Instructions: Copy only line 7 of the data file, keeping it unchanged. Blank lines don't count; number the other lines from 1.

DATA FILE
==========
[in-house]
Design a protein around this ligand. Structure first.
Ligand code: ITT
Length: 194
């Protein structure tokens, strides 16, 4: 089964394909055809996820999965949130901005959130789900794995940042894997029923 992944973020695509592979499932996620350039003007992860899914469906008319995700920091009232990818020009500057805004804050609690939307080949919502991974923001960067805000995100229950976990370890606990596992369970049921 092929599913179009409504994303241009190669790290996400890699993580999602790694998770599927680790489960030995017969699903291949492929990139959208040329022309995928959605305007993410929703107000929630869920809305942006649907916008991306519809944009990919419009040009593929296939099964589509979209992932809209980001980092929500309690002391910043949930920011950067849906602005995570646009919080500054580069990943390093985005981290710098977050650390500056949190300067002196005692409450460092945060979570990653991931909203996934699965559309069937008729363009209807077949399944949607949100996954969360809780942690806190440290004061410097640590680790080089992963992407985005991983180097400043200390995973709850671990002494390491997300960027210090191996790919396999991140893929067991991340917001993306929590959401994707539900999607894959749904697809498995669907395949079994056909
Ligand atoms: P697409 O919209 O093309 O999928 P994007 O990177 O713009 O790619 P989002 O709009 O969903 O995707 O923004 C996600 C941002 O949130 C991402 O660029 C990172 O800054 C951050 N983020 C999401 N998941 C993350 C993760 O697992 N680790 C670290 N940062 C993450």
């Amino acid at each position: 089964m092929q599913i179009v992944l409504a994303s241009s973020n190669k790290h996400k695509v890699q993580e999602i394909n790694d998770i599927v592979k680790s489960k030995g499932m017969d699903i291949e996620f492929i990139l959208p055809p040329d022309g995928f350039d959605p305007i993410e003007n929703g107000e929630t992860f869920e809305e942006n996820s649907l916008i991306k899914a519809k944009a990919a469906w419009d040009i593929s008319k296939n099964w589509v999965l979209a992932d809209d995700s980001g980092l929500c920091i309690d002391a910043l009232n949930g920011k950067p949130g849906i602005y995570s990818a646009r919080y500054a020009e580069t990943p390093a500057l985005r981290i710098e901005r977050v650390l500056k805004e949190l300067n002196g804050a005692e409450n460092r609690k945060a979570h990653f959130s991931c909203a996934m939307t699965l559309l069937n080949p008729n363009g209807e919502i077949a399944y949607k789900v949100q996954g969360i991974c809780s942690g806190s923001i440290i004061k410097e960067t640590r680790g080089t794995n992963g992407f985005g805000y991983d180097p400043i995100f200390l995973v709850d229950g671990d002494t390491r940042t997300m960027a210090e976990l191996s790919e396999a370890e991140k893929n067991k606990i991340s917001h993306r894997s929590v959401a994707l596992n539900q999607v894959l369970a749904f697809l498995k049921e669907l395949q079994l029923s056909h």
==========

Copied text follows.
């Amino acid at each position: 089964m092929q599913i179009v992944l409504a994303s241009s973020n190669k790290h996400k695509v890699q993580e999602i394909n790694d998770i599927v592979k680790s489960k030995g499932m017969d699903i291949e996620f492929i990139l959208p055809p040329d022309g995928f350039d959605p305007i993410e003007n929703g107000e929630t992860f869920e809305e942006n996820s649907l916008i991306k899914a519809k944009a990919a469906w419009d040009i593929s008319k296939n099964w589509v999965l979209a992932d809209d995700s980001g980092l929500c920091i309690d002391a910043l009232n949930g920011k950067p949130g849906i602005y995570s990818a646009r919080y500054a020009e580069t990943p390093a500057l985005r981290i710098e901005r977050v650390l500056k805004e949190l300067n002196g804050a005692e409450n460092r609690k945060a979570h990653f959130s991931c909203a996934m939307t699965l559309l069937n080949p008729n363009g209807e919502i077949a399944y949607k789900v949100q996954g969360i991974c809780s942690g806190s923001i440290i004061k410097e960067t640590r680790g080089t794995n992963g992407f985005g805000y991983d180097p400043i995100f200390l995973v709850d229950g671990d002494t390491r940042t997300m960027a210090e976990l191996s790919e396999a370890e991140k893929n067991k606990i991340s917001h993306r894997s929590v959401a994707l596992n539900q999607v894959l369970a749904f697809l498995k049921e669907l395949q079994l029923s056909h």